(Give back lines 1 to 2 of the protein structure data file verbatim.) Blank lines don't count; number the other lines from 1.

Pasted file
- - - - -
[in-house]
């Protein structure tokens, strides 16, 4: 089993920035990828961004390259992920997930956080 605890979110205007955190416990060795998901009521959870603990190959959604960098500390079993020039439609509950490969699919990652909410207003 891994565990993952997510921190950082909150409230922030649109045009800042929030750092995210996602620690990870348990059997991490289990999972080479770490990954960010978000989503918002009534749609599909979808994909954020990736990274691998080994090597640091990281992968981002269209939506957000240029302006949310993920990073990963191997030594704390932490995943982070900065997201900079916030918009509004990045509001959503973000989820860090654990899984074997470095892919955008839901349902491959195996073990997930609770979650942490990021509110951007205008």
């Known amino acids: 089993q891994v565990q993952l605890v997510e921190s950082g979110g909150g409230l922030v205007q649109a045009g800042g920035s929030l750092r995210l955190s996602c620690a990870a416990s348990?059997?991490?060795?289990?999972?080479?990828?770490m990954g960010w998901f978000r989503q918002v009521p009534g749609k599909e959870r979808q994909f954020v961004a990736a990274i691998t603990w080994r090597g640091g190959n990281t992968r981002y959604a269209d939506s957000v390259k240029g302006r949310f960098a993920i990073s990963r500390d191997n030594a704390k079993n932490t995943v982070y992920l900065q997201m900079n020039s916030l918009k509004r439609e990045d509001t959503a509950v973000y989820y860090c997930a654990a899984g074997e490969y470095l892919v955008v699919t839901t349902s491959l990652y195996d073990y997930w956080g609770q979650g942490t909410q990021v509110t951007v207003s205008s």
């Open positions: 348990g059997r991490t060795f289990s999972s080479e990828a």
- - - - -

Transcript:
[in-house]
């Protein structure tokens, strides 16, 4: 089993920035990828961004390259992920997930956080 605890979110205007955190416990060795998901009521959870603990190959959604960098500390079993020039439609509950490969699919990652909410207003 891994565990993952997510921190950082909150409230922030649109045009800042929030750092995210996602620690990870348990059997991490289990999972080479770490990954960010978000989503918002009534749609599909979808994909954020990736990274691998080994090597640091990281992968981002269209939506957000240029302006949310993920990073990963191997030594704390932490995943982070900065997201900079916030918009509004990045509001959503973000989820860090654990899984074997470095892919955008839901349902491959195996073990997930609770979650942490990021509110951007205008």